By “we,” you seem to mean younger people/Millennials (way to dis your older readers, Hemant!), in which case your statement is unsupported, and probably false. The subset of younger people who are unaffiliated may not differ in beliefs from the subset of older people who are unaffiliated, but the fraction of younger people who are unaffiliated is higher than the fraction of older people that are unaffiliated. If one assumes that unaffiliated people of any age are less likely to believe in God/afterlife/heaven/hell than corresponding affiliated people of the same age, then those beliefs are in fact declining. That assumption is neither supported nor contradicted by the data that you’ve shown, but it seems reasonable.

  • http://friendlyatheist.com Hemant Mehta

    Autumnal Harvest — you’re right about my pre-picture caption. I’ve fixed that.

    In a rush now, but I’ll check out the rest of your statement later.

  • Aj

    I just hope that the unaffiliated group isn’t filled with those that believe in conspiracy theories, homeopathy, and alien abductions. Actually, scrap that, I hope it’s not filled with libertarians. They know where they can stick their invisible hands.

    Jake,

    “We need to keep working to rid them of the Christian mindset altogether”

    That sounds fairly dogmatic.

    Only because you people blatantly and stupidly misrepresent atheists who criticize religion. The mindset of Christians is faith over reason, ridding them of that, i.e. encouraging freethinking, is going against dogma. Since you cut off the quote that clearly shows this we can conclude you’re a troll.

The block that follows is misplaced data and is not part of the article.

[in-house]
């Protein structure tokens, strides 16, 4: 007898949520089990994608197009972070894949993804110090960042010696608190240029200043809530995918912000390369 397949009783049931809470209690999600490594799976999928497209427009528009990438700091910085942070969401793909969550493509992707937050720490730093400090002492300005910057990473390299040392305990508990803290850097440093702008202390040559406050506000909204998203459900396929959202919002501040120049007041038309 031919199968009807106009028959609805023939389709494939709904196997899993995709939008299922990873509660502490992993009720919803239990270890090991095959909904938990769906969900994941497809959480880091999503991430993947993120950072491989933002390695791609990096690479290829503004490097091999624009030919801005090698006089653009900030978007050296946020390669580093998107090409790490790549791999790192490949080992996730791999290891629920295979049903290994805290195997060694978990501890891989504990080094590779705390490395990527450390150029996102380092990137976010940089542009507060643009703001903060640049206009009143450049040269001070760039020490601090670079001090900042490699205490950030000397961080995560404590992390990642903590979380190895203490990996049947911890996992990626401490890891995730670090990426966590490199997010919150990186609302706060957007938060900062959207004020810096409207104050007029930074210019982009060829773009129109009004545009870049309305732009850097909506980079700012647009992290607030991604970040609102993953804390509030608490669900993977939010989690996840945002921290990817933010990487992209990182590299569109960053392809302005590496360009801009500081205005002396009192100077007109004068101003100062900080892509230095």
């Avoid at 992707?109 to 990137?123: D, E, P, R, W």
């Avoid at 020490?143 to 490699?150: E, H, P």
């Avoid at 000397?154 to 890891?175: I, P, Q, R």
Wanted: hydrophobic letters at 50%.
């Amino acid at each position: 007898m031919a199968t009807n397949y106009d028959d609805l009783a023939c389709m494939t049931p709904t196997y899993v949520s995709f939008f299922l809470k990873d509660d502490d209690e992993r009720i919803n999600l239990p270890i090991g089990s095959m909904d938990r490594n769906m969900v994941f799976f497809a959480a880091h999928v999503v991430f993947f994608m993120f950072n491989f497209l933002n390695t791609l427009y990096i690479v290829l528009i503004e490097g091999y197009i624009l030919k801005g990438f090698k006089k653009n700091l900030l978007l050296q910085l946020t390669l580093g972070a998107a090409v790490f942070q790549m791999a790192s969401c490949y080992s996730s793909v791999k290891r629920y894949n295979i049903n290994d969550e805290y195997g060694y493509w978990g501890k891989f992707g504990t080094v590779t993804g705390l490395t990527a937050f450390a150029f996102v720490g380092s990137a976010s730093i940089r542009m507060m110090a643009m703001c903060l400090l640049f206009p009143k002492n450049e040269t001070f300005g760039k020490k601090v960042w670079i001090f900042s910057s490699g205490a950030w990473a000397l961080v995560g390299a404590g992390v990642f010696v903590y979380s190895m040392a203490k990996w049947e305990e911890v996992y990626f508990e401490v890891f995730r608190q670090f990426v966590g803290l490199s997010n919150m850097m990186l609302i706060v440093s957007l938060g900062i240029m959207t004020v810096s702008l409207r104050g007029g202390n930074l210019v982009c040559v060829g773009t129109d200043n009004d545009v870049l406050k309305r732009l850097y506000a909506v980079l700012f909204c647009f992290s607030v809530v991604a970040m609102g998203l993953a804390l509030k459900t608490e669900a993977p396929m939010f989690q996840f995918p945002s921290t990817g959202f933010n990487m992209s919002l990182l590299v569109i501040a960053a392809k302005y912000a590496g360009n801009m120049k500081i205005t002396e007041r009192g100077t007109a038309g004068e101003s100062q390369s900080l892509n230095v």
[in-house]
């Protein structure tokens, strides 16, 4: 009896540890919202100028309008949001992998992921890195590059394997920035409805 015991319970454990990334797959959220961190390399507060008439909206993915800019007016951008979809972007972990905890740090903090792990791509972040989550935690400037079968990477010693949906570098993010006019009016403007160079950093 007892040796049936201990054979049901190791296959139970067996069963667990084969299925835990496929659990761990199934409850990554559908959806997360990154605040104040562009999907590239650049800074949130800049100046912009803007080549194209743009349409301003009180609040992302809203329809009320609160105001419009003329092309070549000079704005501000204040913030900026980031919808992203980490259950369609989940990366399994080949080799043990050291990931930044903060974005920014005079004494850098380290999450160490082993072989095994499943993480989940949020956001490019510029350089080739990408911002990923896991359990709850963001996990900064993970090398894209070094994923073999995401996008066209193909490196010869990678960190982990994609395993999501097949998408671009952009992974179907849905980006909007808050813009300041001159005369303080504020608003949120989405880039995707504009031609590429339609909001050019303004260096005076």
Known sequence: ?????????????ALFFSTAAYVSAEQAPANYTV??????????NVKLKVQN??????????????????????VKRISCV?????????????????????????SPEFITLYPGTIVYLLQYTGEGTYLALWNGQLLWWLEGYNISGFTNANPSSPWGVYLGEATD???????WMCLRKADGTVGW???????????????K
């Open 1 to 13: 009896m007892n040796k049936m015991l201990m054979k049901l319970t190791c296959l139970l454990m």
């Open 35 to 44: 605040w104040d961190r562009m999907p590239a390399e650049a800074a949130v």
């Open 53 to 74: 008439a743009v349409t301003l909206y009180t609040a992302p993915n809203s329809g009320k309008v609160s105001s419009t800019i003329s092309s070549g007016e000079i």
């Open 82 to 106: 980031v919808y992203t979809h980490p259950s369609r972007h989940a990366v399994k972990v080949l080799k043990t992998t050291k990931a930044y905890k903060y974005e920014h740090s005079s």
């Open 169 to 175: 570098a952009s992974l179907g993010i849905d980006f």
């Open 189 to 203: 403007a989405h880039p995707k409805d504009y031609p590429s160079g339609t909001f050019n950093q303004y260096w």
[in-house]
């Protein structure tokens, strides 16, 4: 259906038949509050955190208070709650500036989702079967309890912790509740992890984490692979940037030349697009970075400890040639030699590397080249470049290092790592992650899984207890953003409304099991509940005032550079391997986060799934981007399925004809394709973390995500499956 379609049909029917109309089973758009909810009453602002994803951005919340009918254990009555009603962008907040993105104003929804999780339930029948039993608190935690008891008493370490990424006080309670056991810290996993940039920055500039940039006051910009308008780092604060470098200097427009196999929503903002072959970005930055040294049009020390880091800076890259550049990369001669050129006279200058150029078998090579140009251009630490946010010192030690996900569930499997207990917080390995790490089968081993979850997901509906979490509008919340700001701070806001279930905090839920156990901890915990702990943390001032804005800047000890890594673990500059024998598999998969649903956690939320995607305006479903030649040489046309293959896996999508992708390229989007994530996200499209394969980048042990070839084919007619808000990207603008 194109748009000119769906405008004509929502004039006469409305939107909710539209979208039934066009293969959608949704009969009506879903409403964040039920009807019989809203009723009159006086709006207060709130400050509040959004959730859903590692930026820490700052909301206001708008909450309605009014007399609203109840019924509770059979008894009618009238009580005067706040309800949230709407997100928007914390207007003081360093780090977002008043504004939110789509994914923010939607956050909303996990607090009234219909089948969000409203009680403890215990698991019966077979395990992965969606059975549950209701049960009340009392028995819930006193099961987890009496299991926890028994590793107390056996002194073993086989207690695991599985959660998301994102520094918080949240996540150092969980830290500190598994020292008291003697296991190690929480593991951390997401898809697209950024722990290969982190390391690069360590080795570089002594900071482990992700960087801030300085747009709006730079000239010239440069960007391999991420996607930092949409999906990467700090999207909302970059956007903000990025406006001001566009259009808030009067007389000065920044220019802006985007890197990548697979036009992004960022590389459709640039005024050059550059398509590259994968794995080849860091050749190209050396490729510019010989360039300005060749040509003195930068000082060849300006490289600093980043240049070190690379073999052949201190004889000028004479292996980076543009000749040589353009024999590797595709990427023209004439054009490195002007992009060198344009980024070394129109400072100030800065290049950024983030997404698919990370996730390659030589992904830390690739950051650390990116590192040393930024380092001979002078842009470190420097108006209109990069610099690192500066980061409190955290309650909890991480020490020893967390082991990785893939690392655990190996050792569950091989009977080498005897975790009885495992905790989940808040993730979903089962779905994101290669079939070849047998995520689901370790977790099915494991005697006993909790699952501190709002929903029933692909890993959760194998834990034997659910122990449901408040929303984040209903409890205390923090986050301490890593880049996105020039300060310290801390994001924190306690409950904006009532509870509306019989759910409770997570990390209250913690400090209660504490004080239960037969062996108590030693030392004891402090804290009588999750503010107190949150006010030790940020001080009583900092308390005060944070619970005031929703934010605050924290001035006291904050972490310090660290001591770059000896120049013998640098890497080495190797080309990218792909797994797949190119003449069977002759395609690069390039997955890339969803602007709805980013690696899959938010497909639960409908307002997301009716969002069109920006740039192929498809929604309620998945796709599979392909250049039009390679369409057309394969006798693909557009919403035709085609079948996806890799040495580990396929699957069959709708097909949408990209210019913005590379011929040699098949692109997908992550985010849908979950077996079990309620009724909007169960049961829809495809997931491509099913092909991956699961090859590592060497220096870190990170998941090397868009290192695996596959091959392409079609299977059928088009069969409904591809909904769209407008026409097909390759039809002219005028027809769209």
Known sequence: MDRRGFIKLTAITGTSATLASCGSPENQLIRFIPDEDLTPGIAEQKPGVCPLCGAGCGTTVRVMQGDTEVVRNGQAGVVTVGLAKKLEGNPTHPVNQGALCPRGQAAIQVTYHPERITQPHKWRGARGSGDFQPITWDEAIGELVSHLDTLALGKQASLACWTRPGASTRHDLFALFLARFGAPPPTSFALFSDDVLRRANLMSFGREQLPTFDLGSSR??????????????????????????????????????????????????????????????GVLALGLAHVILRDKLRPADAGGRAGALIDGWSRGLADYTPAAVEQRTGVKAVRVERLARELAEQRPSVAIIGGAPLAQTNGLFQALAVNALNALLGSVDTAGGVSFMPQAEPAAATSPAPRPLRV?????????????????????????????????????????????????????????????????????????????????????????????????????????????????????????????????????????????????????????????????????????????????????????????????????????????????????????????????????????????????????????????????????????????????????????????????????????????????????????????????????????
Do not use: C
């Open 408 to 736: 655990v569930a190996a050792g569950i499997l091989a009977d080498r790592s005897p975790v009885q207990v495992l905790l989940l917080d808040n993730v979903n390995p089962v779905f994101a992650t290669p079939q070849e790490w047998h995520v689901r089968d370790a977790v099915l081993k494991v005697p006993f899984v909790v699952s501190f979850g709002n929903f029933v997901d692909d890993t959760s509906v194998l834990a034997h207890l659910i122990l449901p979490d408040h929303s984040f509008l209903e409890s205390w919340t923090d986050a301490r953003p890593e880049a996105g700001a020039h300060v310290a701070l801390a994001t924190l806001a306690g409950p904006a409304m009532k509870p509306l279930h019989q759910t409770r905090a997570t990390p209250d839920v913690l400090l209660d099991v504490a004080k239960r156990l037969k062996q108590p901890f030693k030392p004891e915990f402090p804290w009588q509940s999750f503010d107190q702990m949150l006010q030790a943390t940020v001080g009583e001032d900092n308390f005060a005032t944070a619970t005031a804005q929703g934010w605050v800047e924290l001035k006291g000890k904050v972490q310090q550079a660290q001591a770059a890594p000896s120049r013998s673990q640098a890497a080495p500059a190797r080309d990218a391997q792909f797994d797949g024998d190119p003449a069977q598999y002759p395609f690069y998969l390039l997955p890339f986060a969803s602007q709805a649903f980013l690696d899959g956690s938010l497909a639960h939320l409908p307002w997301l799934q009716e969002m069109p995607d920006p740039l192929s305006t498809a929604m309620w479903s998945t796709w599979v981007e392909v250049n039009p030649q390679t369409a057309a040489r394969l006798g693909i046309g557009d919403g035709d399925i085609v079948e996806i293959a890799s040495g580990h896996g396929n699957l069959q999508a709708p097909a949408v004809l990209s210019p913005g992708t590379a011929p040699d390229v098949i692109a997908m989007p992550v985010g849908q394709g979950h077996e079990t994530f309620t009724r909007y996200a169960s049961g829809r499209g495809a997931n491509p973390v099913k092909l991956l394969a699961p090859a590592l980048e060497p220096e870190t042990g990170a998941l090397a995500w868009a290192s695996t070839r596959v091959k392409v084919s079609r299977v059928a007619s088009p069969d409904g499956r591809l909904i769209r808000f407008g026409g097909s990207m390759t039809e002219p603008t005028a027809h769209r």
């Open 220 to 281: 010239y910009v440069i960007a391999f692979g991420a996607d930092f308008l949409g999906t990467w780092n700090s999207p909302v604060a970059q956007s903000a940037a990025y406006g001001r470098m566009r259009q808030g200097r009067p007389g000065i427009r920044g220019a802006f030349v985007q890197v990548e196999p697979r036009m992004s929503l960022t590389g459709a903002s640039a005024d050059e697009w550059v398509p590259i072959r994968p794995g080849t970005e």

Autumnal Harvest,

    If one assumes that unaffiliated people of any age are less likely to believe in God/afterlife/heaven/hell than corresponding affiliated people of the same age, then those beliefs are in fact declining. That assumption is neither supported nor contradicted by the data that you’ve shown, but it seems reasonable.

    You don’t have to assume, it’s in the study that the unaffiliated are far less likely to believe in those things. It’s not necessarily true that this shows a decline in those beliefs overall because there are differences between age groups in both unaffiliated and affiliated groups that could counteract this.

  • Steven

    Going on what Autumnal Harvest said, the percent in the total population of millennials who do not have an absolutely certain belief in god (66% of the 26% unaffiliated) is about 17%.

    It’s harder to find the number for non-millennials since they’re bunched together on one graph and separated on the other, but I’m coming up with about 7% (that’s non-millennials who do NOT have absolutely certain belief in god).

    Okay I’m not much of a math person so I could have done something totally crazy with the numbers but if that’s even close I’d say we’re doing okay.

  • Derek

    It’s not enough to get people to leave their church or no longer call themselves Christians.

    We need to keep working to rid them of the Christian mindset altogether — the mindset that basks in the glory of a god that no one can see or hear outside their own mind and that prides itself on anecdotal stories rather than solid, reason-based evidence.

    Honestly, this made me just a little sad. I suppose I understand the concept of the need to work to de-convert people, but I’m not sure I agree with it any more than I’m convinced of the need to consciously convert people. Personally, I think that the goal of accepting one another as equals in this thing we call humanity is more important than either one.